I’m writing this in my trailer while working on another episode of Supergirl. We are currently shooting episode 22 of the third season. I can’t wait for people to see all the excitement and mind blowing-ness (is that a word?) that we have in store leading up to the finale of this season!
I also can’t wait for everyone to be hooked on a new show I’m on called Siren, which airs Thursdays on Freeform and Hulu.
The show is about mermaids, which is such a refreshing concept because even though mermaids on film isn’t necessarily new, we’ve never seen this version of them nor have we seen a show like this before. I mean, ever.
The show takes place in a small town called Bristol Cove, which is a mermaid-obsessed town that is turned upside down when a mysterious girl appears and begins wreaking havoc.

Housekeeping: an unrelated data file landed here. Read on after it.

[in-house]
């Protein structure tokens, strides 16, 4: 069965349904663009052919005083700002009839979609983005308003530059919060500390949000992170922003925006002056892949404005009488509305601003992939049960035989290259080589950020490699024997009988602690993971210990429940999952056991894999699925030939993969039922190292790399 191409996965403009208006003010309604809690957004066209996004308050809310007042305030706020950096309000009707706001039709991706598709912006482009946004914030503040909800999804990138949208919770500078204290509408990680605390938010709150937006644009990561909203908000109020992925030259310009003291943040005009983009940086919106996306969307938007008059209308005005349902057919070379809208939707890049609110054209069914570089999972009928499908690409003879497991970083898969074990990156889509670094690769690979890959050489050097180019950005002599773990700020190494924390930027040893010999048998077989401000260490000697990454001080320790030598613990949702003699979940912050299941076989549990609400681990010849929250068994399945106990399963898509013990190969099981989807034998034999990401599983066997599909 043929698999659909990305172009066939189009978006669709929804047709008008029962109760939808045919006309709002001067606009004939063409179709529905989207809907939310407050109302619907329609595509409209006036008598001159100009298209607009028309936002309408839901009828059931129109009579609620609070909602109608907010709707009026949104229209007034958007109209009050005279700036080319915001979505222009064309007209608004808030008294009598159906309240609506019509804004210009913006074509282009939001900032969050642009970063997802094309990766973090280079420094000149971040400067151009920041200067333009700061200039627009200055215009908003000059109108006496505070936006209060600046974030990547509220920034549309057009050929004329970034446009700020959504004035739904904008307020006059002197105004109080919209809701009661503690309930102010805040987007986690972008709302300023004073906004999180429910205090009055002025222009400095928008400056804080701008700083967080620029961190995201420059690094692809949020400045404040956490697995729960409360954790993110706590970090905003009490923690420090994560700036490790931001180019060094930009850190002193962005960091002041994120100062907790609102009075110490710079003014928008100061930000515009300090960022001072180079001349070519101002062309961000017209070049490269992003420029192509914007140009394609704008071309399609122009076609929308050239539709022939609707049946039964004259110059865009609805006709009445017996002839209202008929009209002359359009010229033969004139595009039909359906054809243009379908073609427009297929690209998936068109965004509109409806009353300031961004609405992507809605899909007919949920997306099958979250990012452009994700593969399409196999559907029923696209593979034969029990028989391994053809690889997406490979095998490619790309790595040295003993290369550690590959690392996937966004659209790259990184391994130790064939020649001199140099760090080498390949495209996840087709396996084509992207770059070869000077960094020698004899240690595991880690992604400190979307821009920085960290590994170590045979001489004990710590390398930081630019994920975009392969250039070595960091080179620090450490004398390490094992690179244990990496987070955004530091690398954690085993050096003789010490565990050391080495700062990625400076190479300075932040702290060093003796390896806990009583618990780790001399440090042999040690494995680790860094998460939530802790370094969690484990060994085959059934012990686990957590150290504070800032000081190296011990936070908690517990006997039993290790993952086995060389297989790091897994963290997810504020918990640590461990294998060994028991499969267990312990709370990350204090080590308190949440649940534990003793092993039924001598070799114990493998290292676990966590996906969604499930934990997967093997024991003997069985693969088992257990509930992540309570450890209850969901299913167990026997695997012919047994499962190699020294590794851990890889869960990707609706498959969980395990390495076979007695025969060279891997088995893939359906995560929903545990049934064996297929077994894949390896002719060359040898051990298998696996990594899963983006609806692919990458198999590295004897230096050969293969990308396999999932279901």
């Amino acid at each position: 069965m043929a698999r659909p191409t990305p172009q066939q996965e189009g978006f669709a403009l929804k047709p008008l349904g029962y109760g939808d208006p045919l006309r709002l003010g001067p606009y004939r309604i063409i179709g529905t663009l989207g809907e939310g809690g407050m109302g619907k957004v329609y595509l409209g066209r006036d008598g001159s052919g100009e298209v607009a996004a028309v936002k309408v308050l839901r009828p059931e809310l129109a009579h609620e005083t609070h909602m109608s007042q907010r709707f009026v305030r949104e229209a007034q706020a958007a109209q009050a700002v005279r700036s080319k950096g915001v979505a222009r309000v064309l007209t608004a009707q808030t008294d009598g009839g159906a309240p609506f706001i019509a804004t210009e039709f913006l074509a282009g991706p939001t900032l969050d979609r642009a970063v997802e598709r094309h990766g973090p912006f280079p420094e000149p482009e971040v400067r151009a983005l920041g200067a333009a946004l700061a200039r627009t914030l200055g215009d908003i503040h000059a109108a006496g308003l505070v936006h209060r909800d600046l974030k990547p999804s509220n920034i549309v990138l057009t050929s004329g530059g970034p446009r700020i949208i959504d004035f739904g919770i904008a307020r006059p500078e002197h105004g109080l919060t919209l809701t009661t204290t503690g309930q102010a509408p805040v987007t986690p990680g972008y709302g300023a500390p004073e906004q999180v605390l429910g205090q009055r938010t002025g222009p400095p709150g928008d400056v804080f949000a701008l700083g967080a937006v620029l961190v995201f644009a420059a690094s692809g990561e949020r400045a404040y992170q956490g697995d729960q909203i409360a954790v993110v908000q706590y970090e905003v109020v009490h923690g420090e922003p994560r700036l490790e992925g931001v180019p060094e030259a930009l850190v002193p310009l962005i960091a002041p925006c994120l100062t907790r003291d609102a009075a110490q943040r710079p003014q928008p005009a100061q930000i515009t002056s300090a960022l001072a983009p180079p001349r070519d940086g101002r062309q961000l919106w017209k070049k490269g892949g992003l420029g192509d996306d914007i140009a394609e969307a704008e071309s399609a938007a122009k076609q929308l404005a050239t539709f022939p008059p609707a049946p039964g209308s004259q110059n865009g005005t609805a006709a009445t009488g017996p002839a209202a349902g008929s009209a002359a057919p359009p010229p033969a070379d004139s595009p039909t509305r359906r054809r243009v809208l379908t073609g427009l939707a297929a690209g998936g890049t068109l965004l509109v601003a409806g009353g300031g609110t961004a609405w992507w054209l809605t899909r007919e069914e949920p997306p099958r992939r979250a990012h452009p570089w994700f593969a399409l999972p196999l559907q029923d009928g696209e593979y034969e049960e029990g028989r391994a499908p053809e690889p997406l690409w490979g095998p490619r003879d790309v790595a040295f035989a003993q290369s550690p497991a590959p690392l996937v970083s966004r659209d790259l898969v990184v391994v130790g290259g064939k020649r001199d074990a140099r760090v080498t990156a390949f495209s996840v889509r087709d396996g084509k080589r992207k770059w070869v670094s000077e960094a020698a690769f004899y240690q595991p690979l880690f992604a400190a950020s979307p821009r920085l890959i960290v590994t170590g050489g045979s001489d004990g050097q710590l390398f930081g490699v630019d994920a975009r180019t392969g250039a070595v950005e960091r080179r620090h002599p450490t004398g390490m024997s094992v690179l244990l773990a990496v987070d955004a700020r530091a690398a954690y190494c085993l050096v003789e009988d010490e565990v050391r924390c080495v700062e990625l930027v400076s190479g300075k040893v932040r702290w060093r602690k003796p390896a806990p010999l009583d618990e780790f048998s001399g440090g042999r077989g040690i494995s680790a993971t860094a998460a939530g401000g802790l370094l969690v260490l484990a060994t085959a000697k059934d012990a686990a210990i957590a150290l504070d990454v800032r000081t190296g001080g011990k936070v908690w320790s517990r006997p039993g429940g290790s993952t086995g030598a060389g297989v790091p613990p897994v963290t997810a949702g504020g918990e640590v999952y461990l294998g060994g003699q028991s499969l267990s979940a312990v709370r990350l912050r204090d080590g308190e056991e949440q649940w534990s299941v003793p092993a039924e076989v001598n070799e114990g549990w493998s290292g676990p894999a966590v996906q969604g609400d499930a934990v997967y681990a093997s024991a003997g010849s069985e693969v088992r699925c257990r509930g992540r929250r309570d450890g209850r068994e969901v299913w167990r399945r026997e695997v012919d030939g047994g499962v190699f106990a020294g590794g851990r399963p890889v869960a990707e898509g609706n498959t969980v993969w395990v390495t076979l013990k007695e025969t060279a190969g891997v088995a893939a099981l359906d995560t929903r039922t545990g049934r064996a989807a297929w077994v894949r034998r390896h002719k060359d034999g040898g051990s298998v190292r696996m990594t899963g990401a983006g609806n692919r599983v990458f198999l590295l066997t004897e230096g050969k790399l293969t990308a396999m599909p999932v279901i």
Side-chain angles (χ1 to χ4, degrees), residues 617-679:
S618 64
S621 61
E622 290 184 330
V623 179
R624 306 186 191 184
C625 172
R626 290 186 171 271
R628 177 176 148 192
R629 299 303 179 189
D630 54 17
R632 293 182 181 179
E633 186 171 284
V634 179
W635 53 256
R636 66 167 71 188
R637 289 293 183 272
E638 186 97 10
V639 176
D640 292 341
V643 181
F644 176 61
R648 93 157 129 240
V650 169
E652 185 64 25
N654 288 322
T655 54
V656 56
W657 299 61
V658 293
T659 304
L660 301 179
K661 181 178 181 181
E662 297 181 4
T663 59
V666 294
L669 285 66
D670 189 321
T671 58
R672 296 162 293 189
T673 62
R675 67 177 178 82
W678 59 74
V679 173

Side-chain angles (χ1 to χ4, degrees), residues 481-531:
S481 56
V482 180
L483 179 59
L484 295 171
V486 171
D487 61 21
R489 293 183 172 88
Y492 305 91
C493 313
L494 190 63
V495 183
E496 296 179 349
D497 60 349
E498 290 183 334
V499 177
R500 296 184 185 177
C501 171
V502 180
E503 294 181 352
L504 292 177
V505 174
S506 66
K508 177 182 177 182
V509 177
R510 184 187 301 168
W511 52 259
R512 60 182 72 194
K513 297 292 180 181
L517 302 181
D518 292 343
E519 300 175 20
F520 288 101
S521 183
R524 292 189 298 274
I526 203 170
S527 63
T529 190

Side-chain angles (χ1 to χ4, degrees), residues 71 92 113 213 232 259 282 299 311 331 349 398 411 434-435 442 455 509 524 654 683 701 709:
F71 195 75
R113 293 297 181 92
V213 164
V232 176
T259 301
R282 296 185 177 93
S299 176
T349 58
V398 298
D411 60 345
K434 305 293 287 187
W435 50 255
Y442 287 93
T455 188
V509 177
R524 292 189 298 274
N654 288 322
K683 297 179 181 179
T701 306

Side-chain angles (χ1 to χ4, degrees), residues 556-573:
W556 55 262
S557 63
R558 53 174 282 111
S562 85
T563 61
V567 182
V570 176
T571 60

I play a fisherman and local townie called Calvin who is one of first men to come in contact with what they think is a mermaid and him and his fellow shipmates’ lives are all changed dramatically when they discover the truth of what it is they caught.
I’ve had an amazing time promoting the show and all of our fingers are crossed for a second season because there is so much more of that world to explore!
What is your standard preparation like for a role?
I mean, for me, every role requires something a little bit different but the first thing I will typically do (when applicable) is to fully lay out the journey of the character. It’s really important for me to know in detail what my character’s full arc is and then from there, I will start working on the little details and start adding bit by bit to try and make my character the most interesting and three-dimensional as he can be.
“There’s a lot that goes on that is beyond our control, so whatever you can do to be your best in the present moment, do it.”